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Summary: In music the discords set your teeth on edge and make you unable to enjoy the music. An orchestra in harmony is pleasing to listen to and inspiring. Marriages in discord are merely surviving and not thriving.

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Marriage: Discord or Harmony

Genesis 2:18-25

“God said, it is not good for man to be alone. I will make a companion who will help him.” (18) God brought all the animals of creation before Adam, but no companion could be found among them. “So the Lord God caused Adam to fall into a deep sleep. He took one of Adam’s ribs and closed in the place from which he had taken it. Then the Lord God made a woman from the rib and brought her to Adam.” (21-22)

“At last! (Wow!) Adam exclaimed – She is part of my own flesh and bone! She will be called woman, because she was taken out of a man. This explains why a man leaves his father and mother and is joined to his wife, and the two are united into one.”

Someone asked young children how people decide who they are to marry.

Kristen, age 10 answered this way, “No person really knows before they grow up whom they’re going to marry. God decided it all way before, and you get to find out later who you’re stuck with.”

Alan, age 10, said, “You got to find somebody who likes the same stuff you do. Like, if you like sports, she should like sports, and she should keep the chips and dips coming!”

Anita, age 9, answered how people decided whom to marry this way: “It’s better for girls to be single, but not for boys. Boys need someone to clean up after them.”

10 year old Ricky replied to the question this way: “Tell your wife that she looks pretty even if she looks like a truck.”

Marriages might be described as in Discord or in Harmony, a duel or a duet, discord or in harmony.

In music the discords set your teeth on edge and make you unable to enjoy the music. An orchestra in harmony is pleasing to listen to and inspiring. Marriages in discord are merely surviving and not thriving.

Marriages that are in Discord

Many marriages start out with a honey moon. The relationship from the beginning seems like it was made in heaven. But following the honeymoon reality sets in and many adjustments have to be made.

Carollyn and I got married on August 20 and moved to a small mobile home in Wilmore, KY where I started my first year of Seminary at Asbury Theological Seminary. We had to make many adjustments in our relationship.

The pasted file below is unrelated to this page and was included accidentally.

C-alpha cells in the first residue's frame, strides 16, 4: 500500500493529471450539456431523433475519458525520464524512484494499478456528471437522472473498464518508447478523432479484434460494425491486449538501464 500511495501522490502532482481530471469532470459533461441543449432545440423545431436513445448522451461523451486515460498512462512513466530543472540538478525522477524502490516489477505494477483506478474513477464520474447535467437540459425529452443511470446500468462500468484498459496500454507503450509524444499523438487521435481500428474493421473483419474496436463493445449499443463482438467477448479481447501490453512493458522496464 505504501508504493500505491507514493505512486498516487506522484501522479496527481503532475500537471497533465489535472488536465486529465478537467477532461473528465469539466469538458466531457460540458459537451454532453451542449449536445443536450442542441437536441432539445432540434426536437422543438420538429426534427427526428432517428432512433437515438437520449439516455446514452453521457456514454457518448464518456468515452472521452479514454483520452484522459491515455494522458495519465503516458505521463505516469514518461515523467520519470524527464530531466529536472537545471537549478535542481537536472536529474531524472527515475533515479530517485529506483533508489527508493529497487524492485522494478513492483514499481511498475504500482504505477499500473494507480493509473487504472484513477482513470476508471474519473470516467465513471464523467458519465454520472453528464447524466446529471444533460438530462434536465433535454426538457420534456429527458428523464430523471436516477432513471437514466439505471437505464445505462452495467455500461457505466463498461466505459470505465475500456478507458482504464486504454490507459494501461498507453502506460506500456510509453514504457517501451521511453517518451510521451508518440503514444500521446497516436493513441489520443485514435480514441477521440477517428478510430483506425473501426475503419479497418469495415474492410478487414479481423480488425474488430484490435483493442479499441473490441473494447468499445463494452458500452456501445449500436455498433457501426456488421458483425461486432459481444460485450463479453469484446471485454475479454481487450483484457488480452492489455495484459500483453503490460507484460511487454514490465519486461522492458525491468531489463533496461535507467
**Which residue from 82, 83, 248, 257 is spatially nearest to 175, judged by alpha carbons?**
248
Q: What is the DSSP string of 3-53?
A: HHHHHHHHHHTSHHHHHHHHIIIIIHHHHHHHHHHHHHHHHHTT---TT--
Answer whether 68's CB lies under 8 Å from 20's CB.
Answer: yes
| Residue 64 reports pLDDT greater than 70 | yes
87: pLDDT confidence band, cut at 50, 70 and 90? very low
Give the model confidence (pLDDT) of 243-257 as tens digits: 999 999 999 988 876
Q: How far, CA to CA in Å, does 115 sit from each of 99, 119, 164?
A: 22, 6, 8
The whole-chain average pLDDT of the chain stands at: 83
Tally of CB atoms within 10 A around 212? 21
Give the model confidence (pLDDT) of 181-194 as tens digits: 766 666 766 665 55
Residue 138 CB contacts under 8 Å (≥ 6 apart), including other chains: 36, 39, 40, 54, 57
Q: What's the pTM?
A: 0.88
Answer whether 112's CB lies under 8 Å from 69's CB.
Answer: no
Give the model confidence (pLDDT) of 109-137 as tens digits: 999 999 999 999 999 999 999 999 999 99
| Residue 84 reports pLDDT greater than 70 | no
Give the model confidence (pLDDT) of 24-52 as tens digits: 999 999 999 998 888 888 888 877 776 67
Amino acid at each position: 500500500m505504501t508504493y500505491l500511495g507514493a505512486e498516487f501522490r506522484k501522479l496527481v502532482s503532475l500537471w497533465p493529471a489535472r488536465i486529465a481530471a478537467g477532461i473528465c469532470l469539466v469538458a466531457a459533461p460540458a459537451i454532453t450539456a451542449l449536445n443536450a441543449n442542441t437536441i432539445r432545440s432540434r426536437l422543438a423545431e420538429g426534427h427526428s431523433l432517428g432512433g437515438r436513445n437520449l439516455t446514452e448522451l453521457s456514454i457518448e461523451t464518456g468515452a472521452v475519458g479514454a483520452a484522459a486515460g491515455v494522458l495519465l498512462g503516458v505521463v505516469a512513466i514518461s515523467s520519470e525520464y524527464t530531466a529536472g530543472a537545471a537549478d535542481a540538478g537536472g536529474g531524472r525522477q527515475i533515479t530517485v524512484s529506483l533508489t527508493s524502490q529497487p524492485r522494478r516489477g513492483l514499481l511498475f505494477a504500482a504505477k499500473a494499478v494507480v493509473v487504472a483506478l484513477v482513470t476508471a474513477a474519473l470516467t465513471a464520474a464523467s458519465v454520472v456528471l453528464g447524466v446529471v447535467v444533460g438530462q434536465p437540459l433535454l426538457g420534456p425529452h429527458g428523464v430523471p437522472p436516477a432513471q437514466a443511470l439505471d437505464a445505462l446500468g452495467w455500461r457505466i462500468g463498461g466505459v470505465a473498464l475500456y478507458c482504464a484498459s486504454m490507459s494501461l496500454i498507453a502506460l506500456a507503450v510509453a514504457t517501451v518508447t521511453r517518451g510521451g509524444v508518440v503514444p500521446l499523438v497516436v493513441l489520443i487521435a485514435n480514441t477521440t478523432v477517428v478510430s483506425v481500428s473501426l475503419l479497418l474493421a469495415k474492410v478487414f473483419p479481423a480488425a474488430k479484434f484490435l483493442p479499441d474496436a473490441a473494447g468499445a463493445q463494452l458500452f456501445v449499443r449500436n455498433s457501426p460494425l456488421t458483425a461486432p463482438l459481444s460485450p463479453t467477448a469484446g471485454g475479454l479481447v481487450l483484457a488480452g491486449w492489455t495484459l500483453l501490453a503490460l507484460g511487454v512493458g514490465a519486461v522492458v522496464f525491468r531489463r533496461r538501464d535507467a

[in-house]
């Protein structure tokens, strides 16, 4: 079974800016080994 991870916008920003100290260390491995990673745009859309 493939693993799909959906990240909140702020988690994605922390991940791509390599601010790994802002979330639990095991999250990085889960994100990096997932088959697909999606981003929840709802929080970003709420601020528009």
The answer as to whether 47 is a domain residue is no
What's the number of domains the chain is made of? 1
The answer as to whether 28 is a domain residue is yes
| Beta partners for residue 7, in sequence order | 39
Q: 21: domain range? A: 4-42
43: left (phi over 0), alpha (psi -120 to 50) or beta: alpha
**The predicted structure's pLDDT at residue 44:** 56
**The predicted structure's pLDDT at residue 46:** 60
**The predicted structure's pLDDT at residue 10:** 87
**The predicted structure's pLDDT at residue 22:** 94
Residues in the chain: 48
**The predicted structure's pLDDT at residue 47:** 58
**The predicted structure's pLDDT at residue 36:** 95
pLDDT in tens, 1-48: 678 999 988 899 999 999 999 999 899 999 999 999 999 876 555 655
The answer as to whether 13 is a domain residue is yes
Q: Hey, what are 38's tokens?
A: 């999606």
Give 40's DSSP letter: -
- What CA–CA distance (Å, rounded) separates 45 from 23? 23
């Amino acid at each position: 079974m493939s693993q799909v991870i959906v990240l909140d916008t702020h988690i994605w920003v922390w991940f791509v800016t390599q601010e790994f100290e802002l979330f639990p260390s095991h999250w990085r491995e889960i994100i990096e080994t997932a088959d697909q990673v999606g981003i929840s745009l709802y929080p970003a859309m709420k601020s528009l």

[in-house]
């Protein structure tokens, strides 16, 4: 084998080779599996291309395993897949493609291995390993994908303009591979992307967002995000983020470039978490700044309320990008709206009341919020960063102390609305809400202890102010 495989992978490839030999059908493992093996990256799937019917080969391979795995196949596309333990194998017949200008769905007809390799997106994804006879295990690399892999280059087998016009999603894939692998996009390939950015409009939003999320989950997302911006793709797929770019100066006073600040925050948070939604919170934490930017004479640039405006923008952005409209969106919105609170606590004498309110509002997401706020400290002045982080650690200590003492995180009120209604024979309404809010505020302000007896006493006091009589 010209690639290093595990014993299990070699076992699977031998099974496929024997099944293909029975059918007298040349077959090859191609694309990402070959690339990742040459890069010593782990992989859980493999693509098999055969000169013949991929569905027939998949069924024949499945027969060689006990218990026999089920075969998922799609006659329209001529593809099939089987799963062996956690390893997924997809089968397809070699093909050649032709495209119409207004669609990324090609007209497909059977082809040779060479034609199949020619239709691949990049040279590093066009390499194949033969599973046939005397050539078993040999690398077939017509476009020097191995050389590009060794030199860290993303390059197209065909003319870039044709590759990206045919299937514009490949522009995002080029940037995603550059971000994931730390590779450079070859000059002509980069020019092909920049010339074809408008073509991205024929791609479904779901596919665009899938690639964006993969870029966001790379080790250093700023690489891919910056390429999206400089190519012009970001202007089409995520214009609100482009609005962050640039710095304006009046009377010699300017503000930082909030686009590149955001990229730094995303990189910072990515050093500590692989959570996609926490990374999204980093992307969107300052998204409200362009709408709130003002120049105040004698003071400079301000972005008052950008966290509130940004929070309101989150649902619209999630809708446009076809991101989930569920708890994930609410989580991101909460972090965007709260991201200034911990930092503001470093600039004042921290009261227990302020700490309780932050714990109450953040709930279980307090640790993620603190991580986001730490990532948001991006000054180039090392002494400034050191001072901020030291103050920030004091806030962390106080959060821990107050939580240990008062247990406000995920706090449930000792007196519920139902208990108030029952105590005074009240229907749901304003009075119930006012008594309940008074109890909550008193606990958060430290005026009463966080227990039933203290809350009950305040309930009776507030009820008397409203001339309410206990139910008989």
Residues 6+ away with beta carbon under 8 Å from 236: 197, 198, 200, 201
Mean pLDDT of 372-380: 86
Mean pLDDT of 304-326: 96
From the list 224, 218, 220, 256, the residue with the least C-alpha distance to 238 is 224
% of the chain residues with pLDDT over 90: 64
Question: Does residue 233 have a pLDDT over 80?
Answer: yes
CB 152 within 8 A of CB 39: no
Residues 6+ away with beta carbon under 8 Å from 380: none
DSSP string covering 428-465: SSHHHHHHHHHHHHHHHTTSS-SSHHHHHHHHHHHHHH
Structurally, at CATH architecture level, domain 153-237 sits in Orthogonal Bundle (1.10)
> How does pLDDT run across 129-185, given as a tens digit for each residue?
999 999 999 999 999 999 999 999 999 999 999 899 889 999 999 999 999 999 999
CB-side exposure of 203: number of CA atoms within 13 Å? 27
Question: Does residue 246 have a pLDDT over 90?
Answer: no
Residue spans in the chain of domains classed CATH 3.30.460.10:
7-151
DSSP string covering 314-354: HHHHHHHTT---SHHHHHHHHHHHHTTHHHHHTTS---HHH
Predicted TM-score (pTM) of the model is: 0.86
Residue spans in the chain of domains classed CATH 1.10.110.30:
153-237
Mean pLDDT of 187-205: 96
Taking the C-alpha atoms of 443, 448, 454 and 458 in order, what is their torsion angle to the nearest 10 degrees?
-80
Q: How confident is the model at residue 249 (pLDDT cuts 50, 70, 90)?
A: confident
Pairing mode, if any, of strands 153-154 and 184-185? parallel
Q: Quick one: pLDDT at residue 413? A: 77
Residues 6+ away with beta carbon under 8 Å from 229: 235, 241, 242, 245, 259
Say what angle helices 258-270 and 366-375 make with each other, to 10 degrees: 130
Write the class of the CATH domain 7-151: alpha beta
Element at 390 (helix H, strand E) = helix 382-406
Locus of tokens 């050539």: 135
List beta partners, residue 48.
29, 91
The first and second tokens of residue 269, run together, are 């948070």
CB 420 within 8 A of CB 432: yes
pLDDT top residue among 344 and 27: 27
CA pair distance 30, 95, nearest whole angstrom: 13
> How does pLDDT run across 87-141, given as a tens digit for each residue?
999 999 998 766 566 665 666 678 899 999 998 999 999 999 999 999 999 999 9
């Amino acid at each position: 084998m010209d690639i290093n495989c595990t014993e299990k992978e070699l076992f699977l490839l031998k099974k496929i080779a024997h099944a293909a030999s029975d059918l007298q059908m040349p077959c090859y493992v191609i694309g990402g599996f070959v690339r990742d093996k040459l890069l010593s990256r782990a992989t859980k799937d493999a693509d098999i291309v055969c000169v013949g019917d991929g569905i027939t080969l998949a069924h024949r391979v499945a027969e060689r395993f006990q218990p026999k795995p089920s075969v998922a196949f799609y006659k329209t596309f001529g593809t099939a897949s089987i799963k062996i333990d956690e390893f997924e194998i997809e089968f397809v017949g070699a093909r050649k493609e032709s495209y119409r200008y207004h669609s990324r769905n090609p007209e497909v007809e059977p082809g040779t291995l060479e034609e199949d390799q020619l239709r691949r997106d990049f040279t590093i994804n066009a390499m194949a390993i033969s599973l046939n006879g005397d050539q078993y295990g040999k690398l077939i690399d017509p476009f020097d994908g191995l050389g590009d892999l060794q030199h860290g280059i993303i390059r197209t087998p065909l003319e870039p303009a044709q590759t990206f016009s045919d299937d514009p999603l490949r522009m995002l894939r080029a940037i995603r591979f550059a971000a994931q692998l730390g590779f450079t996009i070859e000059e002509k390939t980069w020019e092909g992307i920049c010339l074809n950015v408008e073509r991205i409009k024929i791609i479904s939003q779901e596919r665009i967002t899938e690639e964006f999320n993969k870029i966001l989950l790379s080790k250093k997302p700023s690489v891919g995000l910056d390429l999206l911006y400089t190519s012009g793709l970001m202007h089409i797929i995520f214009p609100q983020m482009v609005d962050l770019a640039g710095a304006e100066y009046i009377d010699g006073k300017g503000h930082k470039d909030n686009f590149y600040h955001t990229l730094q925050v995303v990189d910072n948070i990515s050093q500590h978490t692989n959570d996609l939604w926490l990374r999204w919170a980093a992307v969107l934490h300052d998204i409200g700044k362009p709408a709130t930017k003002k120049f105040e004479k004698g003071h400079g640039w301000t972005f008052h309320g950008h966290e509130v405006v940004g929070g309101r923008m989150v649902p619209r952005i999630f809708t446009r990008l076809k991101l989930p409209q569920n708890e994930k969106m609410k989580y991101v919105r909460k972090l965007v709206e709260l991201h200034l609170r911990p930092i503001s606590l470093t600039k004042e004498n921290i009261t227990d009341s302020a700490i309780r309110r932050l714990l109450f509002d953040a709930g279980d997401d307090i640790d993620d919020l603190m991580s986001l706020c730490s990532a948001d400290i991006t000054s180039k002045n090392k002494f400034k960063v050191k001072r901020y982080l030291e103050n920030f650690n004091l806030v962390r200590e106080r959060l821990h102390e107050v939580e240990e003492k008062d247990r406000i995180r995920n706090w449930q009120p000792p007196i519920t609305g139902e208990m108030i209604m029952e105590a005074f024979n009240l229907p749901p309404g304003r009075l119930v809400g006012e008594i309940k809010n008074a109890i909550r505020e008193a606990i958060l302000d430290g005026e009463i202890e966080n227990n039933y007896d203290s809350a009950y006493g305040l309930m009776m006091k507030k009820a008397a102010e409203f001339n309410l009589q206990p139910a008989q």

There is a small community about five miles West of Wilmore called High Bridge. There is a high railroad bridge that spans a river. You can park your car and walk up on the bridge. From the bridge you can see two rivers that come together and form one larger river. One river is fairly clear and the other river is muddy in color. They come together and the water foams and churns creating small whirlpools.

Marriage is like that. Two different lives come together from different backgrounds and experiences. There are many adjustments and compromises as two become one.

During our first two years of marriage we did survive. We lived from hand to mouth. Carollyn was a senior in college and worked part time in the seminary library. I worked part time selling shoes as Sears and also worked at the University of KY selling pennants and misc. items outside the stadium.

For three years we did leave and cleave. “Cleave” means to hold fast and be faithful to each other in marriage.” We were forced to make it on our own. Neither of our family lived close enough to stop in and check on us or tell us where we were going wrong. I know this, survival is not a fun way to live. You are happy to just get through it. No one wants to stay in a survival mode all their married life.

Kenneth Chafin in his book, “Is There a Family in the House,” tells of an experience in his marriage during the first year. Kenneth and his wife Barbara bought a ham. They enjoyed ham steaks and ham sand witches. A big ham bone was left. Kenneth asked his wife: “Do you know what my mother would do with a ham bone like that? She would cook it all day in a big pot of beans and make a big pan of cornbread to go with it”

His wife Barbara said, “Why that’s exactly what my mother would do.” They agreed to have ham and beans and cornbread the next night.

The next evening Kenneth could hardly wait to get home to eat the delicious ham and beans. He could almost smell the aroma before he even got home.

He walked into their apartment but something didn’t smell right. He marched to the stove, lifted the lid on the bean pot and was horrified at what he saw. He shouted to his wife, “Where I’m from they say beans mean pinto beans.” With a feeling of hurt in her voice she shouted back, “Well where I’m from, when they say beans they mean green beans.” Finally they sat down and had a good laugh, realizing that the breakdown in communication came from their different backgrounds – one from Georgia and one from Okalahoma.

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